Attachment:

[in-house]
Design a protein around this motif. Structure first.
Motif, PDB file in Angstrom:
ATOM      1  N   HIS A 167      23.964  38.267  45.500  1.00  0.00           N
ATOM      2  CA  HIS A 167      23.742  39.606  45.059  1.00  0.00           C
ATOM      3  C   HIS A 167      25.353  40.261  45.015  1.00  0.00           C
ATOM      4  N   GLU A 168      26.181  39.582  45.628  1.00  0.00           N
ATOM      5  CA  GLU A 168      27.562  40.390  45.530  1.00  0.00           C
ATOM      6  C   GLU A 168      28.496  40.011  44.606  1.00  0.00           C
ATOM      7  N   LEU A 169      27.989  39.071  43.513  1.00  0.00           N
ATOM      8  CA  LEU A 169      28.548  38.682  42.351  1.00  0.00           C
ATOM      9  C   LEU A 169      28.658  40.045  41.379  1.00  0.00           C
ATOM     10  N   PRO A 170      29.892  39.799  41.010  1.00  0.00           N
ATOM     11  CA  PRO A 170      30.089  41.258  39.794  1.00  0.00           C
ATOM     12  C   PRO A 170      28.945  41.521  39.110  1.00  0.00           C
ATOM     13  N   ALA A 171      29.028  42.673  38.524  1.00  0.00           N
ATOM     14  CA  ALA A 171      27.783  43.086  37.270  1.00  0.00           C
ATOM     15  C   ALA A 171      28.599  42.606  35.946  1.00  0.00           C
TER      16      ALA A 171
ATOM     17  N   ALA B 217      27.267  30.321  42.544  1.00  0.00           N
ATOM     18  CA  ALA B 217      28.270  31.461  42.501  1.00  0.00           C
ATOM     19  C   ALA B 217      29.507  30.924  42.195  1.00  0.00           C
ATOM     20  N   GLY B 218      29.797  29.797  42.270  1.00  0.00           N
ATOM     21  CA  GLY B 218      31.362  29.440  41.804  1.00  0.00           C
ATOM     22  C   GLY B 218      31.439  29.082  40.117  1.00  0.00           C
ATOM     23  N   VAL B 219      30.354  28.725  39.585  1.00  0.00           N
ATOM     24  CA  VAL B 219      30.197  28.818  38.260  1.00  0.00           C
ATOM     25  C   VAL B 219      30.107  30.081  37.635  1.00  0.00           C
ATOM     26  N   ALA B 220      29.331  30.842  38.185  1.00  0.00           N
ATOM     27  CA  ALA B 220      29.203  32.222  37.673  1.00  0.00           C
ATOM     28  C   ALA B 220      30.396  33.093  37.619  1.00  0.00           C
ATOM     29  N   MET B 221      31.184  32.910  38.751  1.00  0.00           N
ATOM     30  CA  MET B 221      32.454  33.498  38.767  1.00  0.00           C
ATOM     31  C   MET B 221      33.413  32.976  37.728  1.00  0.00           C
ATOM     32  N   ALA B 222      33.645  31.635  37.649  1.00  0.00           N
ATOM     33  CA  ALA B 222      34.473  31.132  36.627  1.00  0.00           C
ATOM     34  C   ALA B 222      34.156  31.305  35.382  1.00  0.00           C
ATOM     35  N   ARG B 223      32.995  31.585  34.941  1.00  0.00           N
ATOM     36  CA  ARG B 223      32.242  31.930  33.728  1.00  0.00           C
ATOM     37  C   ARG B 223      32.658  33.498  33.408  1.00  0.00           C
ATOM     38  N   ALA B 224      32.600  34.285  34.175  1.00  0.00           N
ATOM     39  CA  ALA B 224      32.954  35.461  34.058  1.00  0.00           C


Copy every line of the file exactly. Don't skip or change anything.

[in-house]
Design a protein around this motif. Structure first.
Motif, PDB file in Angstrom:
ATOM      1  N   HIS A 167      23.964  38.267  45.500  1.00  0.00           N
ATOM      2  CA  HIS A 167      23.742  39.606  45.059  1.00  0.00           C
ATOM      3  C   HIS A 167      25.353  40.261  45.015  1.00  0.00           C
ATOM      4  N   GLU A 168      26.181  39.582  45.628  1.00  0.00           N
ATOM      5  CA  GLU A 168      27.562  40.390  45.530  1.00  0.00           C
ATOM      6  C   GLU A 168      28.496  40.011  44.606  1.00  0.00           C
ATOM      7  N   LEU A 169      27.989  39.071  43.513  1.00  0.00           N
ATOM      8  CA  LEU A 169      28.548  38.682  42.351  1.00  0.00           C
ATOM      9  C   LEU A 169      28.658  40.045  41.379  1.00  0.00           C
ATOM     10  N   PRO A 170      29.892  39.799  41.010  1.00  0.00           N
ATOM     11  CA  PRO A 170      30.089  41.258  39.794  1.00  0.00           C
ATOM     12  C   PRO A 170      28.945  41.521  39.110  1.00  0.00           C
ATOM     13  N   ALA A 171      29.028  42.673  38.524  1.00  0.00           N
ATOM     14  CA  ALA A 171      27.783  43.086  37.270  1.00  0.00           C
ATOM     15  C   ALA A 171      28.599  42.606  35.946  1.00  0.00           C
TER      16      ALA A 171
ATOM     17  N   ALA B 217      27.267  30.321  42.544  1.00  0.00           N
ATOM     18  CA  ALA B 217      28.270  31.461  42.501  1.00  0.00           C
ATOM     19  C   ALA B 217      29.507  30.924  42.195  1.00  0.00           C
ATOM     20  N   GLY B 218      29.797  29.797  42.270  1.00  0.00           N
ATOM     21  CA  GLY B 218      31.362  29.440  41.804  1.00  0.00           C
ATOM     22  C   GLY B 218      31.439  29.082  40.117  1.00  0.00           C
ATOM     23  N   VAL B 219      30.354  28.725  39.585  1.00  0.00           N
ATOM     24  CA  VAL B 219      30.197  28.818  38.260  1.00  0.00           C
ATOM     25  C   VAL B 219      30.107  30.081  37.635  1.00  0.00           C
ATOM     26  N   ALA B 220      29.331  30.842  38.185  1.00  0.00           N
ATOM     27  CA  ALA B 220      29.203  32.222  37.673  1.00  0.00           C
ATOM     28  C   ALA B 220      30.396  33.093  37.619  1.00  0.00           C
ATOM     29  N   MET B 221      31.184  32.910  38.751  1.00  0.00           N
ATOM     30  CA  MET B 221      32.454  33.498  38.767  1.00  0.00           C
ATOM     31  C   MET B 221      33.413  32.976  37.728  1.00  0.00           C
ATOM     32  N   ALA B 222      33.645  31.635  37.649  1.00  0.00           N
ATOM     33  CA  ALA B 222      34.473  31.132  36.627  1.00  0.00           C
ATOM     34  C   ALA B 222      34.156  31.305  35.382  1.00  0.00           C
ATOM     35  N   ARG B 223      32.995  31.585  34.941  1.00  0.00           N
ATOM     36  CA  ARG B 223      32.242  31.930  33.728  1.00  0.00           C
ATOM     37  C   ARG B 223      32.658  33.498  33.408  1.00  0.00           C
ATOM     38  N   ALA B 224      32.600  34.285  34.175  1.00  0.00           N
ATOM     39  CA  ALA B 224      32.954  35.461  34.058  1.00  0.00           C